Name: Kevin Shea
Occupation: Drummer
Nationality: American
Current release: In 2009 Kevin Shea, as part of the experimental rock formation Hey!Tonal, recorded a fascinating self-titled album of instrumentals filled with raw riffs, layered guitar textures, impetuous rock power and mindbogglingly complex studio wizardry. Written with the drums as a point of departure, the music is in constant motion, occasionally pulsating wildly, at other times peacefully oscillating. The entirely organic juxtaposition between post rock and dreamy electronica, between the violent thrust of hardcore and passages of almost ambient sensibilities (captured in the magnificently ambitious key piece “Kcraze”) make for a sweeping listen that sounds as stimulating today as it did the day it was released. Hey!Tonal sadly never recorded together again. Instead, the formation splintered into many different directions, bands and solo projects. Kevin Shea in particular remained prolific, continuing with his improv duo Talibam!, experimental jazz group Mostly Other People Do The Killing, and Desertion Trio. The legacy of their one glorious collaboration, however, lives on.

Hey!Tonal is now re-released as a 2XLP via Computer Students. To mark the occasion, we conducted interviews with almost all musicians involved in the making of this album.

[Read our Dave Davison of Hey!Tonal interview]
[Read our Alan Mills of Hey!Tonal interview]
[Read our Theo Katsaounis of Hey!Tonal interview]
[Read our Mitch Cheney of Hey!Tonal interview]

Recommendations: Enjoy the art of doing your dishes tonight ... life isn’t perfect, so be grateful.

If you enjoyed this interview with Kevin Shea and would like to know more about his work, visit his official homepage.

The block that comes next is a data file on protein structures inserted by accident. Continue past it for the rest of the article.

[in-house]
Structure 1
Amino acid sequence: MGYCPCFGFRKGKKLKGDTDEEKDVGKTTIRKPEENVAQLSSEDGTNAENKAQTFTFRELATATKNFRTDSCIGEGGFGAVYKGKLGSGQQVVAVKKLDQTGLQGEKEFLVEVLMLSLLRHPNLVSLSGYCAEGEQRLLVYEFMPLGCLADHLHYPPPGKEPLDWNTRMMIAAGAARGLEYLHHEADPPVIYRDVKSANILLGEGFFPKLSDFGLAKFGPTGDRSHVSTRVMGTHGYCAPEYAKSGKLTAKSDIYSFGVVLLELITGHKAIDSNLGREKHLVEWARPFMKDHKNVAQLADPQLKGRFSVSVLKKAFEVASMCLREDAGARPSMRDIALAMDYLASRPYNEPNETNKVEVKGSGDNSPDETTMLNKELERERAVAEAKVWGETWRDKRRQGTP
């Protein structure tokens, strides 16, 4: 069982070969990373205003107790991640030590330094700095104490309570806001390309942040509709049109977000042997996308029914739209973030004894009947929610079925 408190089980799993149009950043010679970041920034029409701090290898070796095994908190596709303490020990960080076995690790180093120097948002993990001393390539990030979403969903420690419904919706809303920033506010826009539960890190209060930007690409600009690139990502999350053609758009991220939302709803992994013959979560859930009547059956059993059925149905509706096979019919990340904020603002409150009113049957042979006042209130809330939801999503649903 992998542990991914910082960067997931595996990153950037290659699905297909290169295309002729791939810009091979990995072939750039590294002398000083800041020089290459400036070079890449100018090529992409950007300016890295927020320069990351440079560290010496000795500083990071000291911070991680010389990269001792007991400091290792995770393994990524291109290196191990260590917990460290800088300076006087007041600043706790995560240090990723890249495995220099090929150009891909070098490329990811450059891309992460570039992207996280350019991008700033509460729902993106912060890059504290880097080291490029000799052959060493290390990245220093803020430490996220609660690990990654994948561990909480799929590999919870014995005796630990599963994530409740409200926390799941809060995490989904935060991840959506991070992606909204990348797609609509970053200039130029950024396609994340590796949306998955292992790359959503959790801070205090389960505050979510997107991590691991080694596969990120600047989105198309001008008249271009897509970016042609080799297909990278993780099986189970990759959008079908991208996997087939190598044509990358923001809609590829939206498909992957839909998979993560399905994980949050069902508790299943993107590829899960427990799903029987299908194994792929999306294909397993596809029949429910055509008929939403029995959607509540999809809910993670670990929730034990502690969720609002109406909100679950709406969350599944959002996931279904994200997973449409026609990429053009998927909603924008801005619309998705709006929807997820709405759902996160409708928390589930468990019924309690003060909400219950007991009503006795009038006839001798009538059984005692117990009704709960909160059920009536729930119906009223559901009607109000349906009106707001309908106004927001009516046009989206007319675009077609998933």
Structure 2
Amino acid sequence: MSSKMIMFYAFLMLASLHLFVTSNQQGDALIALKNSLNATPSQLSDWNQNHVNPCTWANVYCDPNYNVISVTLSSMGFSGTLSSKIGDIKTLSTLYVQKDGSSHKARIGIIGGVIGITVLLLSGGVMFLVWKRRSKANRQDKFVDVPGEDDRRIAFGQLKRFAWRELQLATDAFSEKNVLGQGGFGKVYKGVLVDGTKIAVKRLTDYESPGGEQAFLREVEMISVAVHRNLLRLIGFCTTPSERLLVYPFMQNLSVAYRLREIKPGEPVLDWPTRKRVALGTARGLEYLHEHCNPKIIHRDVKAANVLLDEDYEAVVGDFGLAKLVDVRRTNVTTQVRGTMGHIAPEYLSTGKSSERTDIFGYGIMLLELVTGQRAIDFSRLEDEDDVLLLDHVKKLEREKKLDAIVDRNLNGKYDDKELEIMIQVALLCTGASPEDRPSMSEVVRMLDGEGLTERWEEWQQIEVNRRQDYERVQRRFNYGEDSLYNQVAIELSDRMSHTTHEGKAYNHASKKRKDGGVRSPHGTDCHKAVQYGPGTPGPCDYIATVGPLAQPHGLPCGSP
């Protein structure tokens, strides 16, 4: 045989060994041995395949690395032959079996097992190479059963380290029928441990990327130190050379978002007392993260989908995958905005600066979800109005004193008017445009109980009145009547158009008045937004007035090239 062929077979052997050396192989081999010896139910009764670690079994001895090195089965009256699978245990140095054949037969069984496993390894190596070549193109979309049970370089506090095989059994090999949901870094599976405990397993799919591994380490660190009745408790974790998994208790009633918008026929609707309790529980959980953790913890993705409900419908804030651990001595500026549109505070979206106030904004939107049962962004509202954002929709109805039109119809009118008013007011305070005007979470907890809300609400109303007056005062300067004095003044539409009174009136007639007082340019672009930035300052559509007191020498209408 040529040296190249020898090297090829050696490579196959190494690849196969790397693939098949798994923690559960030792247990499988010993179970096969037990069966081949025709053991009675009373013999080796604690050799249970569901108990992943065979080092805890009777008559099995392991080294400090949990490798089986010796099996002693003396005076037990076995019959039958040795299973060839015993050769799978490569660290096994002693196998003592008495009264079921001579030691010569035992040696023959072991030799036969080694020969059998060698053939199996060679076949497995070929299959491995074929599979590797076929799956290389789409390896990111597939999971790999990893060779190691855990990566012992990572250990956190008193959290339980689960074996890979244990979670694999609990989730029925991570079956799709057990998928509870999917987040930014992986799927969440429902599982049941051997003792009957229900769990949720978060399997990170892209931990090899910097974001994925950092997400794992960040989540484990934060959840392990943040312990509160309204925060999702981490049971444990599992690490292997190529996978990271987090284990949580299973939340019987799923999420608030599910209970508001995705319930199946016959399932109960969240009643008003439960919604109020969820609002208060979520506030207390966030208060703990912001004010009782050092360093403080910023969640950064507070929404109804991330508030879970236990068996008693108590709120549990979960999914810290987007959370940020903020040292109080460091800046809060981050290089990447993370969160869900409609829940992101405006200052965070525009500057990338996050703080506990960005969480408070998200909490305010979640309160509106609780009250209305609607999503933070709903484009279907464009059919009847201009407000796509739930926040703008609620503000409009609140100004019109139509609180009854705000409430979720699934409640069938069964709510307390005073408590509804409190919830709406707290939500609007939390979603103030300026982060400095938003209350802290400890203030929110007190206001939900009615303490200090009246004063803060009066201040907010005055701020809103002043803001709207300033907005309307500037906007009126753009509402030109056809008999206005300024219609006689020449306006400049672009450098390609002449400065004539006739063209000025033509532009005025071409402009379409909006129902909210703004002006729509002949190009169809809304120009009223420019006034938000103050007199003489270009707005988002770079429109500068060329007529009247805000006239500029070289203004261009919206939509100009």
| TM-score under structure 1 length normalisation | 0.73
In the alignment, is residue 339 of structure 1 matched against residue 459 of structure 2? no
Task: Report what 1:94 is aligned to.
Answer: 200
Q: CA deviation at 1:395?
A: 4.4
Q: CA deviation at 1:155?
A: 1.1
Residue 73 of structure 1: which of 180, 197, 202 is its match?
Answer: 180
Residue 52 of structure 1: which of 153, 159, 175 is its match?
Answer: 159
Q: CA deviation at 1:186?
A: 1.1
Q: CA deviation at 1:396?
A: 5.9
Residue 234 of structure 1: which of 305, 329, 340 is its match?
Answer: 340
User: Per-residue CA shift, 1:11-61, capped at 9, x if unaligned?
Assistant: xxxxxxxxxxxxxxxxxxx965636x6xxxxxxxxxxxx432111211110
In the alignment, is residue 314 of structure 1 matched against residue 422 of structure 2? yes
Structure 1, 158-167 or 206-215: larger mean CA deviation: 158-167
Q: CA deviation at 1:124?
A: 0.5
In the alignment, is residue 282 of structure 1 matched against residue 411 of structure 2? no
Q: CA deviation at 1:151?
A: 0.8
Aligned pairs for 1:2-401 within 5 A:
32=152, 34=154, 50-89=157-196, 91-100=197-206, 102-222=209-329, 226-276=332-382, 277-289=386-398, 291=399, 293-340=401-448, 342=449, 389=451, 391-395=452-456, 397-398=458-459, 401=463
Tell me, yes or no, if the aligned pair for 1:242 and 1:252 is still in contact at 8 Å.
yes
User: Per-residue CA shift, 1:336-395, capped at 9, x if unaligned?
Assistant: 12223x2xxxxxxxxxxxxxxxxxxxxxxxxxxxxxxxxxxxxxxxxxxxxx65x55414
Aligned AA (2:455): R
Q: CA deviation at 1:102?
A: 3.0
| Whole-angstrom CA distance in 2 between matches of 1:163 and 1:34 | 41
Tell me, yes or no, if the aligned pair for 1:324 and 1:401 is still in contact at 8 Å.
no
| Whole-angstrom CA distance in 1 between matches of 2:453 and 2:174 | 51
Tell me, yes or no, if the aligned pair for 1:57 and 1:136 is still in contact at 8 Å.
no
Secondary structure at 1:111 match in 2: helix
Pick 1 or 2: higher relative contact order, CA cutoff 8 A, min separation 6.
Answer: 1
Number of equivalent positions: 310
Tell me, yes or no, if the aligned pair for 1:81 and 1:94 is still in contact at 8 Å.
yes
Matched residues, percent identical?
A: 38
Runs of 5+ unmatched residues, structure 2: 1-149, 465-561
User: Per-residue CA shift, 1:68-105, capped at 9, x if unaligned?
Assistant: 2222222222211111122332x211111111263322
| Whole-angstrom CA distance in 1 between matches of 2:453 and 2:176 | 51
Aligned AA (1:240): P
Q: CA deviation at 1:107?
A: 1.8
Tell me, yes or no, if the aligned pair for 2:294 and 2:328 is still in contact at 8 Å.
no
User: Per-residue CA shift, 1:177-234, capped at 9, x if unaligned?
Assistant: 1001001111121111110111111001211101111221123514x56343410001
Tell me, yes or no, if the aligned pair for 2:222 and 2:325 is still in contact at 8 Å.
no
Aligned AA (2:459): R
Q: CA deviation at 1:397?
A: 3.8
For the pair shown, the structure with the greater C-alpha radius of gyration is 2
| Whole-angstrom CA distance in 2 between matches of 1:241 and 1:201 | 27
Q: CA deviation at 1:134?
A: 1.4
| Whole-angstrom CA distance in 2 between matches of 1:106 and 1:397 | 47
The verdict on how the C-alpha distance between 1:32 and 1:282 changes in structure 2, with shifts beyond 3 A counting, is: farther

When did you start writing/producing music - and what or who were your early passions and influences? What was it about music and/or sound that drew you to it?

Believe it or not, I started writing and producing music only seconds after I was born.

My early influences were air, food, water. I don’t know why I was drawn to music and/or sound at such a young age. In fact, I didn’t even know who I was. Perhaps I still don’t know who I am, and no one else seems to know who I am, either. The me I thought I was at age 0 is not the me I think I am now. Now I think I am not a me, but a process of questioning. Actually, now that “I” think of it, I don’t even know what music is … what composing is, what production is, what sound is ... and no one seems to agree on any of these things.

There is no such thing as music, it was only the humans that went and defined it as such in relation to other vibrating frequencies. Is it considered composing if the composition is not good or a clone of someone else’s composition? What is a good or bad composition? Who composed the composition … was it divine intervention ... how dare you take credit for something channeled through you spontaneously ...

For most artists, originality is preceded by a phase of learning and, often, emulating others. What was this like for you: How would you describe your own development as an artist and the transition towards your own voice?

A true artist will tell you conspicuous originality is the best way to destroy any shred of integrity you might have had otherwise. The goal is not originality but to be a part of a process of questioning.

But what is an artist, anyway? Is it possible to be an artist as you wash dishes, or use the toilet? Who is accepted as being capable of having an artistic experience? What is originality? Is originality assigned automatically to those on a specific record label, to those who played with a famous musician, to those who have the right promotional network behind their album release? Does your graduate degree prove you are an artist? Who is capable of determining what originality is, and is originality only perceived in broad strokes?

If I play one completely original sound on my snare drum, will it not be deemed original because no one has the skills to determine how original that single sound was? Did the sound occur too quick to decipher, so it’s not even asked whether it was original or not? Who is this originality for ... is it a careerist choice? Practice and research propels the human to question that